That was the headline in the early hours of Friday morning.
Yes, the Spanish window closed 24 hours later, but the consensus was that, true to their word, Liverpool weren’t selling.
With fans threatening, “I want Lemar, Keita and Van Dijk, or #FSGOut;” supporters have often accused Liverpool’s owners of being reluctant spenders; more concerned with the Boston Red Sox than Liverpool Football Club.
We didn’t sign Van Dijk. We didn’t sign Lemar. We didn’t even sign Keita, despite securing his services for next season.
But FSG did something more important: they sent a message.
Coutinho’s main reason for leaving was to go to a “top club.” And who could blame him? At the time, Liverpool had qualified for the Champion’s League for the second time in eight years, hadn’t won a major trophy since 2006 and, for almost thirty years, failed to win the league title.
To compound issues further, Liverpool had won just one trophy in the last ten years; the Carling Cup in 2012.
Barcelona, on the other hand, had won six league titles, five Copa del Reys, three Champions Leagues and a host of other trophies in the last ten years alone.
There was no comparison.
The truth is, Liverpool had fallen short of their “big club” status since 2005; a status which should have plagued them longer had it not been for a miraculous turnaround in Istanbul, winning their fifth Champions League title.
Liverpool, despite the occasional trophy, had been in decline for over twenty years.
Project after project, rebuild after rebuild, Coutinho is yet to win a single trophy; despite being at the club for almost five years. Barcelona won several major trophies in the same time period.
For Coutinho, moving to Camp Nou wasn’t just desirable. It was necessary.
— Klopped (@SaiSamarth1) September 7, 2017
When Tom Werner and John Henry bought Liverpool in 2010, many referenced the infamous “Moneyball” theory championed with the Boston Red Sox (the process of buying overlooked – and therefore undervalued – players; building a team with maximum statistical output on minimal capital input).
Once these players fulfilled their potential, they could be sold at a premium with the money reinvested in the club.
But if “Moneyball” was an accusation thrown at FSG for “being tight” then, clearly, people haven’t been paying attention.
If “Moneyball” exists within the Premier League then it exists at the Emirates; selling players like Van Persie, Gael Clichy, Samir Nasri and Oxlade-Chamberlain for huge premiums on their original purchase price.
For Arsene Wenger, keeping Alexis Sanchez was “a huge price,” causing Arsenal to “sacrifice £60-70m.” For anyone making comparisons between Arsenal and FSG, the difference couldn’t be clearer: while Stan Kroenke views selling players as a religious duty and buying them a moral perversity, FSG recognise keeping Coutinho isn’t a sacrifice; it’s good business.
FSG haven’t been reluctant to spend money. They’ve been reluctant to earn it.
Philippe Coutinho is the perfect Moneyball player. Bought for just £8.5m in 2013, a bid fourteen times that value came from Barcelona just five years later. But FSG decided he wasn’t for sale.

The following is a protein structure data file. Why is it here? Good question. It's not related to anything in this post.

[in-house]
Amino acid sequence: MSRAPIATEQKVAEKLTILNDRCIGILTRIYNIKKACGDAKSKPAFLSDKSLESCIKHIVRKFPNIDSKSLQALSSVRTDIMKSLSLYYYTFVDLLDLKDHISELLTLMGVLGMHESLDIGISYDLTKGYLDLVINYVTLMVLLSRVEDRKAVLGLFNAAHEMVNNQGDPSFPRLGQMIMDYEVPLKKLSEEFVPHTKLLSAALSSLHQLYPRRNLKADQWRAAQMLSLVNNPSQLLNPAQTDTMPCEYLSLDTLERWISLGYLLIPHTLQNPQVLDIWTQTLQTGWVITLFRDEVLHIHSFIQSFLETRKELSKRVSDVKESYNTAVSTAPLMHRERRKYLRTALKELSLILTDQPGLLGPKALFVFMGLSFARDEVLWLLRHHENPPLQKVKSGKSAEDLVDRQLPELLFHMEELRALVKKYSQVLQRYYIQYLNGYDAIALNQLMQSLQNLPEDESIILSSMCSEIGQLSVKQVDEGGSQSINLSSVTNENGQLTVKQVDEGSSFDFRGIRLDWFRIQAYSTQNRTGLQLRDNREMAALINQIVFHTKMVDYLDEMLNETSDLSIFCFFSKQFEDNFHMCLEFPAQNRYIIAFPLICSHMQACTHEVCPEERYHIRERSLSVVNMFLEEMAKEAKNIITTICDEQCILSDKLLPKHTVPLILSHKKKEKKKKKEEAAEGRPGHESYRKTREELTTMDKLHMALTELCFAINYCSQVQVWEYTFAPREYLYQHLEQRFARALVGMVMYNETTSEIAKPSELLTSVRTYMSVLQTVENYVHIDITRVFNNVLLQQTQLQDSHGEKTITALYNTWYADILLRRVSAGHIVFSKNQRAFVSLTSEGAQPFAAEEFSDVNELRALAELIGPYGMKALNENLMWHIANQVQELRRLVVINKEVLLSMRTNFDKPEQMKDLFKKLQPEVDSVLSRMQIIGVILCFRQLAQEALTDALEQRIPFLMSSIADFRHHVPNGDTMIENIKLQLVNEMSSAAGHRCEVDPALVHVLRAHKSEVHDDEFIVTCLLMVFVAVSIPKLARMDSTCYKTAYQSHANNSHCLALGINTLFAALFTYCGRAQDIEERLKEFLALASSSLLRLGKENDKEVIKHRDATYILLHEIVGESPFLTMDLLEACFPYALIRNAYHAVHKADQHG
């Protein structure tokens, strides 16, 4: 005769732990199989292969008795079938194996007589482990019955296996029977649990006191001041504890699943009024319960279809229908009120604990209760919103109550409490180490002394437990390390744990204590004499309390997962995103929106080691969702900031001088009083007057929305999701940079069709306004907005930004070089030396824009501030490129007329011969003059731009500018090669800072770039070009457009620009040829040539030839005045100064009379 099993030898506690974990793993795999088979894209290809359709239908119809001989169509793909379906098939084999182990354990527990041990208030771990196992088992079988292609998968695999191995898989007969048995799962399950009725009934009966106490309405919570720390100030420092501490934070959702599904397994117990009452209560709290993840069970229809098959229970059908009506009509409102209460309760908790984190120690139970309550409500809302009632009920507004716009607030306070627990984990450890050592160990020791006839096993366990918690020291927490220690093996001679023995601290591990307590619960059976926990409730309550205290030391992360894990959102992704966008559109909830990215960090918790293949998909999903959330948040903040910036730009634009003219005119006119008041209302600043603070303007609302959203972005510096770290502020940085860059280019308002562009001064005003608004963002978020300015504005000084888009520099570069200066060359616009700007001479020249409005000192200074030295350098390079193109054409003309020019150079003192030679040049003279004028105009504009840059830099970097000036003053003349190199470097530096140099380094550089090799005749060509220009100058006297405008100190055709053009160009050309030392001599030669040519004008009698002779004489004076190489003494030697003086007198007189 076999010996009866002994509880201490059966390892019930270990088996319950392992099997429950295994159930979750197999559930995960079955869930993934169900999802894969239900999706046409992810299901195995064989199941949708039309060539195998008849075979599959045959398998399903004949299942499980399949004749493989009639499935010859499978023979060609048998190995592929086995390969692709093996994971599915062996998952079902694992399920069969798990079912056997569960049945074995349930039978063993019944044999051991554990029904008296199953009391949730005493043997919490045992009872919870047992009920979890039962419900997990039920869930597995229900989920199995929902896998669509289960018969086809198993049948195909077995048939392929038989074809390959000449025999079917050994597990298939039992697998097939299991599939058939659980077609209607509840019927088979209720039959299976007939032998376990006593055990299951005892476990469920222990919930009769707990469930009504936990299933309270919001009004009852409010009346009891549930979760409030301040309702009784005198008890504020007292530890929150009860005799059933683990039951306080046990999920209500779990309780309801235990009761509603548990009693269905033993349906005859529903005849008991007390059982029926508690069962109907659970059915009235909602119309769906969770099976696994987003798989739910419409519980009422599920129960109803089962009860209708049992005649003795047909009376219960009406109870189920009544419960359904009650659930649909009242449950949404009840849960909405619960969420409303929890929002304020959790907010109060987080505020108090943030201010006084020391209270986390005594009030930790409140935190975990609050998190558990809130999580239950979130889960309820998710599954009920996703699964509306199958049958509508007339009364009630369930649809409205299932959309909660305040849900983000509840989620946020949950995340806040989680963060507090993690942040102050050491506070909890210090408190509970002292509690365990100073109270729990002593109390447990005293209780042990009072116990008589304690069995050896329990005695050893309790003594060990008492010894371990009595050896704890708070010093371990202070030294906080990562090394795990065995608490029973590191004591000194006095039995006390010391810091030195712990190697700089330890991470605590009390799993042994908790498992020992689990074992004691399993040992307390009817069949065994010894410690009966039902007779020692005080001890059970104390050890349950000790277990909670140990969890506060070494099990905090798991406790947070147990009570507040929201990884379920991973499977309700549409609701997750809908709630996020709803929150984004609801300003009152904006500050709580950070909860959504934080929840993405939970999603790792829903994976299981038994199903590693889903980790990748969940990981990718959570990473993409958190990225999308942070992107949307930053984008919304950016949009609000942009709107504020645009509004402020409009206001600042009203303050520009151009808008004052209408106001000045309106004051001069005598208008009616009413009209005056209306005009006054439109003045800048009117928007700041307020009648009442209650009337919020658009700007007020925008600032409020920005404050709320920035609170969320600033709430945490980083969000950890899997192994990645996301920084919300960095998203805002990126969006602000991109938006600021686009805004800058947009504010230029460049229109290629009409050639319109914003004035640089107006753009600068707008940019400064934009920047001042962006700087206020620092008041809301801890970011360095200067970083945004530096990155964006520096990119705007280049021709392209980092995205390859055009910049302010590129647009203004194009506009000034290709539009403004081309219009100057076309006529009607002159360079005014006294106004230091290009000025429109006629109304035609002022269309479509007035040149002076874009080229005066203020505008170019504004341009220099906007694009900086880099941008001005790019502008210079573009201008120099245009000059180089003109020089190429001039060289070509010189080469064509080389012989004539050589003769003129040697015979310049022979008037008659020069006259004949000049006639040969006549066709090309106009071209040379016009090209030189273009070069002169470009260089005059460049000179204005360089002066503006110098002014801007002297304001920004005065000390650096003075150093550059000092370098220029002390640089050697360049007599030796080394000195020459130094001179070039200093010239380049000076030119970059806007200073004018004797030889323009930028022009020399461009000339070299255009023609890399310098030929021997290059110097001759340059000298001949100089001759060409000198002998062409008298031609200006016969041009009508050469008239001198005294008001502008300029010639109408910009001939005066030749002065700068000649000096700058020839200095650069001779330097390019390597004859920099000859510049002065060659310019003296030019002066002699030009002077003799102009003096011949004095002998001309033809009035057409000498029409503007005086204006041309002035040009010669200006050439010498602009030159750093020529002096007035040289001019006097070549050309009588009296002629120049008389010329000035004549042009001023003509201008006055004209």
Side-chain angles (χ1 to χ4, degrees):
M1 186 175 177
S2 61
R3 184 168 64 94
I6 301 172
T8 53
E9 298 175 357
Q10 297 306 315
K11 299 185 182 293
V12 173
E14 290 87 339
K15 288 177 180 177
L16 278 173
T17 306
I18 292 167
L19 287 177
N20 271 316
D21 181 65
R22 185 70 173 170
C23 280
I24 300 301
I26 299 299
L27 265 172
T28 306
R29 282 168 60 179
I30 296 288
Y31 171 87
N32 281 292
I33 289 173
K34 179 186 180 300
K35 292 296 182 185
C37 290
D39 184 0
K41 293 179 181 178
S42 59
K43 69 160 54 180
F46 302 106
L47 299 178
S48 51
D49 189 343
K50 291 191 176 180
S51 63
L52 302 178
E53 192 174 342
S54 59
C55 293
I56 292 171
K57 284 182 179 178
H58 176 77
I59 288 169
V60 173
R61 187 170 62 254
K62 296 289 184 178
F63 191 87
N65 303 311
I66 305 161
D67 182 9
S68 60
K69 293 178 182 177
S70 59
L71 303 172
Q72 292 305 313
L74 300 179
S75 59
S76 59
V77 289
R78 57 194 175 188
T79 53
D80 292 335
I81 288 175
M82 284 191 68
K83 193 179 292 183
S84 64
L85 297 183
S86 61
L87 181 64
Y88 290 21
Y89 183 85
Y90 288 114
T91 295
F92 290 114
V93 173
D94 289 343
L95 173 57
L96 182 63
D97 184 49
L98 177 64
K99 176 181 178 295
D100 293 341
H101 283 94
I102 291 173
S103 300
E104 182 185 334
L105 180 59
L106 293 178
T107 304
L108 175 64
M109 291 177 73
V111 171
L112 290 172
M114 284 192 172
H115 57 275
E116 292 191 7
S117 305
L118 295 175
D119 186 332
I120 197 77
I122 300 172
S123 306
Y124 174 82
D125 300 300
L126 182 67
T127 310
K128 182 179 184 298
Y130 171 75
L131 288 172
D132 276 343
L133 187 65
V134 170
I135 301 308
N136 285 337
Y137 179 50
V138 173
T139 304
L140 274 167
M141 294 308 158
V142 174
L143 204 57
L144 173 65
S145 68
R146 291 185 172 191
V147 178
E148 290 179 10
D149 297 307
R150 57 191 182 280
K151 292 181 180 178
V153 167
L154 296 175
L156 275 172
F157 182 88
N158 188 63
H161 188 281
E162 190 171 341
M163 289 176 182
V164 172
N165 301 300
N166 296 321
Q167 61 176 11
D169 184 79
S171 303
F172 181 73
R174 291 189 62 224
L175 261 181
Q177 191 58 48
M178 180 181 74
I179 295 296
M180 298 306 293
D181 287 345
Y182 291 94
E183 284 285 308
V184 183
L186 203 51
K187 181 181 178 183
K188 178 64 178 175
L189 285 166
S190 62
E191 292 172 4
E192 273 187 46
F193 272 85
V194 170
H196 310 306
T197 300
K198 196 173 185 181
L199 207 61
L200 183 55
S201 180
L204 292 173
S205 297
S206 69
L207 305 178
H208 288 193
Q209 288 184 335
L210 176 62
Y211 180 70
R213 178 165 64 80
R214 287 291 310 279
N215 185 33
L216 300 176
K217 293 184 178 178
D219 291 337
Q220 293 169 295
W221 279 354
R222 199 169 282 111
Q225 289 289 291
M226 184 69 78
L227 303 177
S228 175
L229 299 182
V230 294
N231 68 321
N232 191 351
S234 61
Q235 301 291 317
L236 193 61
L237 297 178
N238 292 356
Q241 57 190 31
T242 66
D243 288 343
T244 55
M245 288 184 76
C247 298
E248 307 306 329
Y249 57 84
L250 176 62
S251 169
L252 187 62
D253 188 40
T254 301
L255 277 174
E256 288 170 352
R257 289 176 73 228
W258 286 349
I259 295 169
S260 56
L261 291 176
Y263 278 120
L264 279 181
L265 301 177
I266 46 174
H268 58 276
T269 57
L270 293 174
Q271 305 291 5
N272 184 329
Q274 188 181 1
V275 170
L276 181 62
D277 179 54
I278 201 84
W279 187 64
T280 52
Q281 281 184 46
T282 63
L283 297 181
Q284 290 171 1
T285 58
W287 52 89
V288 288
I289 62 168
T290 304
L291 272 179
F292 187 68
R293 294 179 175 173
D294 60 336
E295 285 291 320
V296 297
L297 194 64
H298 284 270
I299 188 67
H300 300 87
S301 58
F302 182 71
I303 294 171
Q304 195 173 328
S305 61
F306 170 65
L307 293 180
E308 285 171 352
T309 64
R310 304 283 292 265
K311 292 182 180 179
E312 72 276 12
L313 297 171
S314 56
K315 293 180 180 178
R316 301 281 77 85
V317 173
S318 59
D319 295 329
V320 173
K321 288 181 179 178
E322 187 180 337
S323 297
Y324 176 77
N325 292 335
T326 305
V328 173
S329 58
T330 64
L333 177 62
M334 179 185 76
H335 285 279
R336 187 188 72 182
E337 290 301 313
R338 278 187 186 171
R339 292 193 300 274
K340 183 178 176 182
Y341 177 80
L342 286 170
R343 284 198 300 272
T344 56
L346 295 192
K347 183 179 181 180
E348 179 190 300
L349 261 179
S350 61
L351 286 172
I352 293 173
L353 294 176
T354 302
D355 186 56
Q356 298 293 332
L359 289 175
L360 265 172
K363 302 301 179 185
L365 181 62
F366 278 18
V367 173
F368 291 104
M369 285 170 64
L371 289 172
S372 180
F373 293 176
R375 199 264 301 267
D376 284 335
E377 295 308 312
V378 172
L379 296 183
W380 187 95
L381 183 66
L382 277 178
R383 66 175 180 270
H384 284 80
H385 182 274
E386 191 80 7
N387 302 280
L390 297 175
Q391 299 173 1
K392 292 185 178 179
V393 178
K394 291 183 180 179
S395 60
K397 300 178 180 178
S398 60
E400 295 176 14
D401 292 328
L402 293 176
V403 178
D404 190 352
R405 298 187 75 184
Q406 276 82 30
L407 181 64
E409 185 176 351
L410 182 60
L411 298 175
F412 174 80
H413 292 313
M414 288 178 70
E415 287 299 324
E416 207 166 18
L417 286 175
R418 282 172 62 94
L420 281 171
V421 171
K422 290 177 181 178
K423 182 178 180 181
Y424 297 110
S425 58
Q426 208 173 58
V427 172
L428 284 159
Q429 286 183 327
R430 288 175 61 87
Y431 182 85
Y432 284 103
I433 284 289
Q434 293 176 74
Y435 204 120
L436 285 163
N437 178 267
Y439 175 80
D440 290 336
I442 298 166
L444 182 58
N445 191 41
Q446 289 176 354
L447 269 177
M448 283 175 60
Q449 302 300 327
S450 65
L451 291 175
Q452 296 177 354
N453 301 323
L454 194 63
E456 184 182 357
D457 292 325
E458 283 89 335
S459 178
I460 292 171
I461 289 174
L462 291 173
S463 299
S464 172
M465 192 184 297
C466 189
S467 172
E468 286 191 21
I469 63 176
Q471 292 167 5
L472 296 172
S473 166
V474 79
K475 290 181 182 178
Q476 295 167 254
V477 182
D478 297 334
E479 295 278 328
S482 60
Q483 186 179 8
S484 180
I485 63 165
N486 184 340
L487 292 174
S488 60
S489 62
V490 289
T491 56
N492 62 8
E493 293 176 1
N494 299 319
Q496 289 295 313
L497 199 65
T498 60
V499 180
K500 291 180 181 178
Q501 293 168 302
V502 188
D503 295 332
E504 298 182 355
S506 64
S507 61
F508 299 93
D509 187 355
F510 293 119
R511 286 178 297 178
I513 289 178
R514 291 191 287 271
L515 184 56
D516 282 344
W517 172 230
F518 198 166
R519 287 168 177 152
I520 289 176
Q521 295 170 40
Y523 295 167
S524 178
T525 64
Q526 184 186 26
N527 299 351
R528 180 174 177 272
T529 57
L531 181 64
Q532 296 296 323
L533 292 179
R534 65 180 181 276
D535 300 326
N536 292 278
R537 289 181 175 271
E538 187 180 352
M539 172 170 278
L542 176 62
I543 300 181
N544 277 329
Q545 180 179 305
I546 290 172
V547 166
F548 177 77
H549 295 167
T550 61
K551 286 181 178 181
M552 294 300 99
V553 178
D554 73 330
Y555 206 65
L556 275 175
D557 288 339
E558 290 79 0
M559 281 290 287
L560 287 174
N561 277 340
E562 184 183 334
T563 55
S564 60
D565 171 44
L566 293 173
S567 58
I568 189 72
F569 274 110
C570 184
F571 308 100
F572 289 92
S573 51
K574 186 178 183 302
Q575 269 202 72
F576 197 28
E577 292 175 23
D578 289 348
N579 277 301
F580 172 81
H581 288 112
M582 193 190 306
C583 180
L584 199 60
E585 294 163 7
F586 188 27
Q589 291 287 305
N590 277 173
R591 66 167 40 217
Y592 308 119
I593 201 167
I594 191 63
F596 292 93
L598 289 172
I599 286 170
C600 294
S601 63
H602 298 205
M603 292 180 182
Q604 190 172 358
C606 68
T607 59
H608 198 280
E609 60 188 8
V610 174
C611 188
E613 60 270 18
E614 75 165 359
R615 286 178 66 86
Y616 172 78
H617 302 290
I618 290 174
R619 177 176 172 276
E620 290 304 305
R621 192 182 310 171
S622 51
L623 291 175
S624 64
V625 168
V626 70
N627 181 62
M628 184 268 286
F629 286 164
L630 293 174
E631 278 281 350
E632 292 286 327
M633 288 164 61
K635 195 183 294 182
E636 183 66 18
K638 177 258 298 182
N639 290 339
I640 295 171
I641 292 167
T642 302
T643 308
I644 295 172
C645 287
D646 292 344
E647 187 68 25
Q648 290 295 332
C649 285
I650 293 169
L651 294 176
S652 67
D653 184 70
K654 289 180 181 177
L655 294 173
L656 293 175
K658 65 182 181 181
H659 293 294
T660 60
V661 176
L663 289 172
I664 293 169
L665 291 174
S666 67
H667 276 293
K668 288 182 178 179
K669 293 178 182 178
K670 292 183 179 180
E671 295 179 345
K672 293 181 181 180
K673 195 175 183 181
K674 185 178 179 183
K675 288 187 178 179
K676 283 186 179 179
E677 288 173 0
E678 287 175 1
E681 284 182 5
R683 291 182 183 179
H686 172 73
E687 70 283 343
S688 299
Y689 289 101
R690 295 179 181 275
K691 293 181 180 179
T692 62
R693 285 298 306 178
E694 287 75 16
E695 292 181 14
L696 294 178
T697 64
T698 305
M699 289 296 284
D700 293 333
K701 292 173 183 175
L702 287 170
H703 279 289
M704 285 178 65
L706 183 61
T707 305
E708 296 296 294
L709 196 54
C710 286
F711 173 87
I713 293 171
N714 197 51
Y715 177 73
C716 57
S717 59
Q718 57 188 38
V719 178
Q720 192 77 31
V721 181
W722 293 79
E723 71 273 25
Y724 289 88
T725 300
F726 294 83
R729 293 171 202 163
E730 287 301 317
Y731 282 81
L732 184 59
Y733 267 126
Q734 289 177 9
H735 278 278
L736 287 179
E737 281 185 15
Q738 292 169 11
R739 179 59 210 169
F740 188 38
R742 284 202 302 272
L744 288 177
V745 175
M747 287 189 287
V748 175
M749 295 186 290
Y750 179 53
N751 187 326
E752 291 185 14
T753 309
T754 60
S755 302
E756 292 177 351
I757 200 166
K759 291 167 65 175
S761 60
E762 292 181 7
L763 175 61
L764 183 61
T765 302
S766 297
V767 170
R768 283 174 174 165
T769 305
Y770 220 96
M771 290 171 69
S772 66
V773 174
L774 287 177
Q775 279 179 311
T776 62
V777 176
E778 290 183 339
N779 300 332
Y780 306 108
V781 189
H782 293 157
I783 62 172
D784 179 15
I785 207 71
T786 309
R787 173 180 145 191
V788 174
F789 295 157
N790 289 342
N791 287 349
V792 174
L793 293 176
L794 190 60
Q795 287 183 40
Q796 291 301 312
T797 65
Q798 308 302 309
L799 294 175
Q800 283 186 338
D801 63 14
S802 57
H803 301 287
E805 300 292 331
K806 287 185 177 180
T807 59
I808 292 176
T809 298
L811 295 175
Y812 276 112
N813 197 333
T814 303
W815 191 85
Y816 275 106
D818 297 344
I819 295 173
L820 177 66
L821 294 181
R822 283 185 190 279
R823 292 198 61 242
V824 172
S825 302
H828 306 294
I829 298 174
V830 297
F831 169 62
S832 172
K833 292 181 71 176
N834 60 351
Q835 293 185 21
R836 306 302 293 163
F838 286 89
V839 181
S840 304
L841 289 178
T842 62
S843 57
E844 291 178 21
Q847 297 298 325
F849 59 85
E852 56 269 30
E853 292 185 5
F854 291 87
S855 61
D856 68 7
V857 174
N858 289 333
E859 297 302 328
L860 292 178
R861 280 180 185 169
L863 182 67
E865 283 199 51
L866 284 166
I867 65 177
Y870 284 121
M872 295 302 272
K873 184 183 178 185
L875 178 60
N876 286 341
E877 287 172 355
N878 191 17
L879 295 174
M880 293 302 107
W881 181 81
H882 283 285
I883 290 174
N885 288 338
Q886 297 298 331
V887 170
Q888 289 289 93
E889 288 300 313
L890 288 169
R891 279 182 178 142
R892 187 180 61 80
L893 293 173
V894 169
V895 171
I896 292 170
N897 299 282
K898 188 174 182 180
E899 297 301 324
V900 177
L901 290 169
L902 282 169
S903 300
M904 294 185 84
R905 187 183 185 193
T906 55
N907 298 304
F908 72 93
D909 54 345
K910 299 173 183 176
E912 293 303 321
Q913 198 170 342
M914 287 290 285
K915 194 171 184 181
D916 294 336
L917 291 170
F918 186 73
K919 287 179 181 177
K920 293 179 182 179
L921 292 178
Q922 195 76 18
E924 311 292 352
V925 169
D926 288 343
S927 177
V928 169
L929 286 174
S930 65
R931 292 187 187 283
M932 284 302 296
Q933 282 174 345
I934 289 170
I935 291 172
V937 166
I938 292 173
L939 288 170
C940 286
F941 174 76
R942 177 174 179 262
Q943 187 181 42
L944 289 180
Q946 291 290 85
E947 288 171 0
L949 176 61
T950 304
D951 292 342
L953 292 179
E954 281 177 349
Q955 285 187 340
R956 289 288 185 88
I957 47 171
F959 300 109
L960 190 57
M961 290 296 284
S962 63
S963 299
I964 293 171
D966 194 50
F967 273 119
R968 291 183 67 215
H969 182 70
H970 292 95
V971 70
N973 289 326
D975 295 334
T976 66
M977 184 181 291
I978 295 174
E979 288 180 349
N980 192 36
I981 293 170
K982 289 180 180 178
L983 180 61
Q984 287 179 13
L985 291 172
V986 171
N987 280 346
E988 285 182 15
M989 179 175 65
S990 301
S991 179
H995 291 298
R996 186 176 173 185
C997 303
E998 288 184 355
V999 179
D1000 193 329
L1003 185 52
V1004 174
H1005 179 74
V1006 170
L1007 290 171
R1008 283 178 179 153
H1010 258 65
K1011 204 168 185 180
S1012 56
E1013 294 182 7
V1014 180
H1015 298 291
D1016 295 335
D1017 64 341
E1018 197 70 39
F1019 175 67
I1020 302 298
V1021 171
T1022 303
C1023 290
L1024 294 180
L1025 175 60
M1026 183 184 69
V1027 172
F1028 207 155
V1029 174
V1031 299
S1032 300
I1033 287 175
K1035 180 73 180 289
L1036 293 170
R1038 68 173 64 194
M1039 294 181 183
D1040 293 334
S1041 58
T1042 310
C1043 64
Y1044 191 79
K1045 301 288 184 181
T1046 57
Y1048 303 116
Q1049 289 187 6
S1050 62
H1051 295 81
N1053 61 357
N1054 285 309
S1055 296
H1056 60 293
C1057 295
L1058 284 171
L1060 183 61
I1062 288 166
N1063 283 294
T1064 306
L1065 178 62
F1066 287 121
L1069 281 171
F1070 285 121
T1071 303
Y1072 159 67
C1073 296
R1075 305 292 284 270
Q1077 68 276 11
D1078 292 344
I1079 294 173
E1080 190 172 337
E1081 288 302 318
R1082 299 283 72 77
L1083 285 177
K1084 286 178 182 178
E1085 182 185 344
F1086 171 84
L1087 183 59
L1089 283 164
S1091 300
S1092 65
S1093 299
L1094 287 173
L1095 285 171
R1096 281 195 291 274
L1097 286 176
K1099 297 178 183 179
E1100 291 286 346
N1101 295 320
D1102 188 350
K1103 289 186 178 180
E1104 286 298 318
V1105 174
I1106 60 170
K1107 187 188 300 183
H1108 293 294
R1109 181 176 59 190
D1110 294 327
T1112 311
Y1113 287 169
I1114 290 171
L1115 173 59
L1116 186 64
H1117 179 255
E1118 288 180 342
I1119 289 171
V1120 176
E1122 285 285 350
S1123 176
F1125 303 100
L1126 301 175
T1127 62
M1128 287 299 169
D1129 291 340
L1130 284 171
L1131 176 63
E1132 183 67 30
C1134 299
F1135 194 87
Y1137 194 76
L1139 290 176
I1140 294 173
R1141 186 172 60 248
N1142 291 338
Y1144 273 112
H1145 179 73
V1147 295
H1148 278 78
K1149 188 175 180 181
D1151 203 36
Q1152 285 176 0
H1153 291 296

The opportunity was there to make one of the biggest returns in sporting history. But they refused.
Instead, Liverpool’s ownership decided he was going nowhere, opting for a different kind of business model: Hardball.
The only way to protect Liverpool’s “big club” status was to regain its position as a European heavyweight; able to retain its players and reject the advances of “bigger” clubs. Selling Coutinho would have achieved the opposite, causing lasting damage to the club’s image and damaging its reputation as a “big club.” Not sure? Just ask Barcelona. Neymar leaving was a huge embarrassment, made possible by a hastily-agreed release clause in his contract. £200m doesn’t repair the damage done by a star player forcing their way out of the club.
Imagine if, against the public assurances from FSG, Coutinho left. Every player; from Mane, to Salah, Firmino and Can would know that as long as they made enough noise, they could leave. They wouldn’t have to honour their contracts. They could leave whenever they wanted.
Can, like Neymar, is now insisting on a release clause in his new contract, knowing Liverpool’s stance on selling disgruntled players: “When we say no, we mean no.”
For exactly the same reason they refused to sell Coutinho, FSG will apply the same resolve to Can’s release clause: there won’t be one. They’d rather lose Can for free next summer than give in to non-committal player demands, setting precedents for worthless contracts and long-term instability.
Which brings me back to Coutinho.
Coutinho’s move to Barcelona was never going to happen; not because Coutinho was irreplaceable but because the move was never about Coutinho in the first place. It was about Liverpool Football Club regaining its place in world football.
FSG are transforming Liverpool from a selling club to a club which isn’t bullied by the highest bidder; a club which goes toe-to-toe with Barcelona, Bayern Munich and Real Madrid; selling who they want, when they want, to whomever they want.
That is the true cost of keeping Coutinho.
Call it propaganda. Call it arrogance. But don’t call it stupid. By keeping Coutinho, FSG have paid £118m to send a message: Liverpool Football Club, is back.